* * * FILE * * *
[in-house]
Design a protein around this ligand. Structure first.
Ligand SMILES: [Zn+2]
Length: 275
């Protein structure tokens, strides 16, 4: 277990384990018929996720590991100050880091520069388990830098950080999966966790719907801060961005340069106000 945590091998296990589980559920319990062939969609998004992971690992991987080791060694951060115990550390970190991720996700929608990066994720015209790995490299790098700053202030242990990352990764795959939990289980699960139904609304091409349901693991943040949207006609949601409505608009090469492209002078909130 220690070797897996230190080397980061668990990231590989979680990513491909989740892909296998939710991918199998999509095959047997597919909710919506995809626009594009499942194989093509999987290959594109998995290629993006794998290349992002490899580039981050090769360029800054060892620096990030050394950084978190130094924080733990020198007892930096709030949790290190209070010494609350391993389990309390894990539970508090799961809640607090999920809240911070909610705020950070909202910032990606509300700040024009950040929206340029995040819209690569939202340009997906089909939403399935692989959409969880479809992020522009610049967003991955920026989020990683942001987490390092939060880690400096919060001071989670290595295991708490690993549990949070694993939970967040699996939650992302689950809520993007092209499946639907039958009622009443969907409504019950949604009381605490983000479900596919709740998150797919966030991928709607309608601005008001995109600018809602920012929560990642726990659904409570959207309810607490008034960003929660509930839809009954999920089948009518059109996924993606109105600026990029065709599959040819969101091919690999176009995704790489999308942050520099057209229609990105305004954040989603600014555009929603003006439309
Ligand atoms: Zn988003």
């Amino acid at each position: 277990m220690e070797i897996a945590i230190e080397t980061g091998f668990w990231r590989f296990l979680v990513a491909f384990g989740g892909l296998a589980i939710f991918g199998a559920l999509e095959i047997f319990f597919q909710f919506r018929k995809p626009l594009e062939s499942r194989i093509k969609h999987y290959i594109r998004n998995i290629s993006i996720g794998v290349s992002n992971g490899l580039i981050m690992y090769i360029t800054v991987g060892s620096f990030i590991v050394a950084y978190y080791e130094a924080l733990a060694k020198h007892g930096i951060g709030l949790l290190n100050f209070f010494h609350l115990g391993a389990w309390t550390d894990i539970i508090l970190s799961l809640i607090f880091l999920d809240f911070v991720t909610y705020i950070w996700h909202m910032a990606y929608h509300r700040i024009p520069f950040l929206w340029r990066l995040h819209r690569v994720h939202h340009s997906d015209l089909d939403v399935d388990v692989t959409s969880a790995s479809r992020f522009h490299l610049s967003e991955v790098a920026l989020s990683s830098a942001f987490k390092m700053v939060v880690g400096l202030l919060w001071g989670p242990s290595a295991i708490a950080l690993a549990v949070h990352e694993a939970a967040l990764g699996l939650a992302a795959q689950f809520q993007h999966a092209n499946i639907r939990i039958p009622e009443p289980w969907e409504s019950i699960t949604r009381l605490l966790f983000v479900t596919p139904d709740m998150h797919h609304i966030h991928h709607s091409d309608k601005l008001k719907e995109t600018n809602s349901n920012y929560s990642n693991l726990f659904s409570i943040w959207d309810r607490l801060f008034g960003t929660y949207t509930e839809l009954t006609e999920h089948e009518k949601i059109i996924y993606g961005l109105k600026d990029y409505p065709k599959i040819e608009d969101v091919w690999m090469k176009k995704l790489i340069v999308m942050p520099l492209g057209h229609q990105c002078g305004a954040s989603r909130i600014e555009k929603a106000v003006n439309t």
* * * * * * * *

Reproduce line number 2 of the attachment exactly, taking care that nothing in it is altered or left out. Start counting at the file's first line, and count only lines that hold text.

Design a protein around this ligand. Structure first.